With the OM-D E-M1 Mark III, Olympus introduced the new Starry Sky Autofocus feature. Starry Sky AF has two focus modes: speed for handheld and accuracy for mounting on a tripod. Wait a minute – handheld autofocusing of the stars in the dark. I had to try this out.
I set out to photograph the Big Dipper, part of the constellation Ursa Major. I was using the OM-D E-M1 Mark III and the Olympus 25mm f/1.8 lens.
First, I tried the speed mode handheld. The photograph at the top of this blog post was taken handheld. Here are the settings: Manual Mode, f/2.8, ISO 1600, 2.5 second exposure.
It worked amazingly well, the Starry Sky AF + the image stabilization of the OM-D E-M1 Mark III really allows you to take handheld Starry Sky images with pinpoint stars. I did take 4 exposures handheld and only 2 had nice pinpoint stars, but 50% is not bad when handheld in the dark.
Next I tried the accuracy mode on a tripod (second photo in the blog). Here are the settings: Manual Mode, f/2.8, ISO 1600, 6 second exposure. I was able to take longer exposures using the accuracy mode and a tripod, but I think you’ll find the two photographs (handheld and tripod) quite comparable.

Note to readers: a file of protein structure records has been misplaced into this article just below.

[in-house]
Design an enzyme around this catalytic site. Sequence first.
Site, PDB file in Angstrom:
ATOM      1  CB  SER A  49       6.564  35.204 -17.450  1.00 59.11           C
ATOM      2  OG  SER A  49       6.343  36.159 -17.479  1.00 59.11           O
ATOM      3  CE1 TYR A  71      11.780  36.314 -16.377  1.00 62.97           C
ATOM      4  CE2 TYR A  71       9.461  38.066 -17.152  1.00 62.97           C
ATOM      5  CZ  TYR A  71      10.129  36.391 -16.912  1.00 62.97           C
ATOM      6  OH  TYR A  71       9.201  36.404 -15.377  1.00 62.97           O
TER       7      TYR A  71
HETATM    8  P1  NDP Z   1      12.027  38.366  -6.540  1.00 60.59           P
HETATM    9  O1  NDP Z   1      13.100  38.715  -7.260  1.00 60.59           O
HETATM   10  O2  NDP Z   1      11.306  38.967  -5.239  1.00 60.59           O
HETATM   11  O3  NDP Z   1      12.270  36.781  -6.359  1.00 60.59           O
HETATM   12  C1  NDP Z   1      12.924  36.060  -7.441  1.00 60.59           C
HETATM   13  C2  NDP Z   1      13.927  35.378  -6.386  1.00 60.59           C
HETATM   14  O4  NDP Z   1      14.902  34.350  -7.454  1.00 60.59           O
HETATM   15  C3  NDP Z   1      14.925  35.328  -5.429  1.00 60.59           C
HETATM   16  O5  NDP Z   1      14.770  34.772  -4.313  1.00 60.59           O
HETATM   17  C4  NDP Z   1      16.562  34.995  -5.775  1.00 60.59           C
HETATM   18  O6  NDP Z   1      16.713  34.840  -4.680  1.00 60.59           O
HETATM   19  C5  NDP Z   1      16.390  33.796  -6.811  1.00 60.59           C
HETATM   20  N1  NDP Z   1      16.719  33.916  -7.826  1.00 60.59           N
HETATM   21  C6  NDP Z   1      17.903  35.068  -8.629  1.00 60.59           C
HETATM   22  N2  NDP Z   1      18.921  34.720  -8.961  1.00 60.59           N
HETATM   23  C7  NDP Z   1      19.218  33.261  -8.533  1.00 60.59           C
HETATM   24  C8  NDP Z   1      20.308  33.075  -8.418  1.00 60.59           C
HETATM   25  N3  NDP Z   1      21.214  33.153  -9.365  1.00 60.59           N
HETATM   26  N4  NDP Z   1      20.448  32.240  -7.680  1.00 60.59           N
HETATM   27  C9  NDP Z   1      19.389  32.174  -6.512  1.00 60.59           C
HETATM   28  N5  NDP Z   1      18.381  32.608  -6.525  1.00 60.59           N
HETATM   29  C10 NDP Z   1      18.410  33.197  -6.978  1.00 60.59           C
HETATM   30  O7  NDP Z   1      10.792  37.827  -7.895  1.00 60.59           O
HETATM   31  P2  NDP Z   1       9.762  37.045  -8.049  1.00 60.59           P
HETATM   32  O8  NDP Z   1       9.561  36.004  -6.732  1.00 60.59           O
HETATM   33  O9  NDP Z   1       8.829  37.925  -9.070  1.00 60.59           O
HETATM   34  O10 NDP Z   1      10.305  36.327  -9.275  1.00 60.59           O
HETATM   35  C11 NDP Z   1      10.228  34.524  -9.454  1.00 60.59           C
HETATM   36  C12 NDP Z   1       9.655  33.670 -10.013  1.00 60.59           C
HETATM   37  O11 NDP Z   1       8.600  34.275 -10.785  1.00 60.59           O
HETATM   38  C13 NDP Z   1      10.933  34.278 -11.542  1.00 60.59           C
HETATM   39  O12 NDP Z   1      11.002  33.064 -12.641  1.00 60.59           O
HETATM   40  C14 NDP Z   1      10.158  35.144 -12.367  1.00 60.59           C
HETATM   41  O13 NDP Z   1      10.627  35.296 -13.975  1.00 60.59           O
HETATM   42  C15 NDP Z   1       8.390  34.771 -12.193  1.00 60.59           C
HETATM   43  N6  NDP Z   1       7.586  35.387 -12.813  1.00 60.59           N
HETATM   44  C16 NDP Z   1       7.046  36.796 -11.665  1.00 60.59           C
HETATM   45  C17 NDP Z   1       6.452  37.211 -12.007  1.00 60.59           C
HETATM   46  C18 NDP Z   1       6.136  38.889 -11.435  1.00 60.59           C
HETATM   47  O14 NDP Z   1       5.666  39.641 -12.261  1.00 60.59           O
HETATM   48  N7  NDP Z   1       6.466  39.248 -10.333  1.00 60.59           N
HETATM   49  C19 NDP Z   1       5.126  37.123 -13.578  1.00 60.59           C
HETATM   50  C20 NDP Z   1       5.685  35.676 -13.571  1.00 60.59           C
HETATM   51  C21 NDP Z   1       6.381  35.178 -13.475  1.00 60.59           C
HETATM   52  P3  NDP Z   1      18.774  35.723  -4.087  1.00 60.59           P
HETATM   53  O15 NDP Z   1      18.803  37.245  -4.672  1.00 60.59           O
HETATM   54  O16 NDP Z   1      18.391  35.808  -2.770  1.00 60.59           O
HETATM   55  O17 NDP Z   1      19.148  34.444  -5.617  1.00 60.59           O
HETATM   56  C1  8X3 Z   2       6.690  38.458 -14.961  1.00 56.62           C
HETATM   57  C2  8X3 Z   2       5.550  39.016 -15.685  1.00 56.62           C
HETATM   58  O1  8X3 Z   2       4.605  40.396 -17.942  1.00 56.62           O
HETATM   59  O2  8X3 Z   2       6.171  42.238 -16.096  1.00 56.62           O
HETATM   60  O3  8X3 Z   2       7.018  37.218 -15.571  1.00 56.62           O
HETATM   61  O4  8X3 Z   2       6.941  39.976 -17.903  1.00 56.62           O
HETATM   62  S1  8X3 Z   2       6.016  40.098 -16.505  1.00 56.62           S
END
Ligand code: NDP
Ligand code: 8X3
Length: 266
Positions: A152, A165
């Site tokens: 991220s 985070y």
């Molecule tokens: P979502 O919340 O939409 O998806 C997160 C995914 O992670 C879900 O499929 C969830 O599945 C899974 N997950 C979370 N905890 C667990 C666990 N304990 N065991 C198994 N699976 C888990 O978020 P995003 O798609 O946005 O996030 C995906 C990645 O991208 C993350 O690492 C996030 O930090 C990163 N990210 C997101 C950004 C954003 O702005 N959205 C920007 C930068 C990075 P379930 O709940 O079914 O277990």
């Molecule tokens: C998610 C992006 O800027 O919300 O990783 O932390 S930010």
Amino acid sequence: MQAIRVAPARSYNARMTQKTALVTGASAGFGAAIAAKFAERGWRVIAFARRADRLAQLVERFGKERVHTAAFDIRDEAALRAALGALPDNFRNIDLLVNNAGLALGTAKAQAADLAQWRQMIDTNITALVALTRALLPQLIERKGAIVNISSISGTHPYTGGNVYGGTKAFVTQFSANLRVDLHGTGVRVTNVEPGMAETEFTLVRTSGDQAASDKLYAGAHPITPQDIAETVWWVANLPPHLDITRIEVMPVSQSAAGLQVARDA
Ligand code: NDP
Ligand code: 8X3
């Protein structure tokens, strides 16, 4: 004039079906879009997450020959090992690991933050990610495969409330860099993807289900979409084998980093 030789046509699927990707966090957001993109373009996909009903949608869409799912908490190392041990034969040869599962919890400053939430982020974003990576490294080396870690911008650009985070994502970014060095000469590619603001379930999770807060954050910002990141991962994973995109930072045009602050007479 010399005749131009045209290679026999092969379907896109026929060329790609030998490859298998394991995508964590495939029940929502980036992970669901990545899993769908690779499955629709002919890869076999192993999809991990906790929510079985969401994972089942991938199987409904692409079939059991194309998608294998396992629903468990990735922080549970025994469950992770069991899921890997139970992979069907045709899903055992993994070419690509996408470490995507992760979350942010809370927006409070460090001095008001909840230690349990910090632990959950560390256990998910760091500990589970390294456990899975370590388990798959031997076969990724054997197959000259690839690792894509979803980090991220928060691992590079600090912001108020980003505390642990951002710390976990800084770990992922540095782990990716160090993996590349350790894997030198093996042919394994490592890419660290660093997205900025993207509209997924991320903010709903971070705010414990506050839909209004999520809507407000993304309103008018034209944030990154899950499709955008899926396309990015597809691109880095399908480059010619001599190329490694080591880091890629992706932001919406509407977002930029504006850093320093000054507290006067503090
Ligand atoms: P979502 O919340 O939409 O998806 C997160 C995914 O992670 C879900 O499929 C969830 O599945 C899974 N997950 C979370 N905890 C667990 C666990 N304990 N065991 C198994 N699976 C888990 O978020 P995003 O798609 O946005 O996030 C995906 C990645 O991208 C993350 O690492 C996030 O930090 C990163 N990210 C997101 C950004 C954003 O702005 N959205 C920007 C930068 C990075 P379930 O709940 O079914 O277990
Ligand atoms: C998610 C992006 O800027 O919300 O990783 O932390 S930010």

Starry Sky AF is also very easy to use.
- In the A4 sub-menu under the custom menu, select either Speed or Accuracy in the Starry Sky AF Settings selection.
- In AF Mode item in the Super Control Panel select Starry Sky AF.
- In the AF area, select a 3X3 grid. This will give Starry Sky AF to have a better chance to find a star in the AF area.
- Compose on your subject and press the AEL/AFL button to activate Starry Sky AF.
- A green dot will appear on your LCD when the stars are in focus.
- Press the shutter button to take the photo.
I’m really impressed with the new AI features that Olympus is putting in its OM-D line of cameras that leverages the In Body Image Stabilization (IBIS) in its bodies. Head out tonight and try Starry Sky AF.
I enlarged the stars in the big dipper in Photoshop to highlight the constellation. Check this blog out to find out how I did it.
Written by Martin Belan
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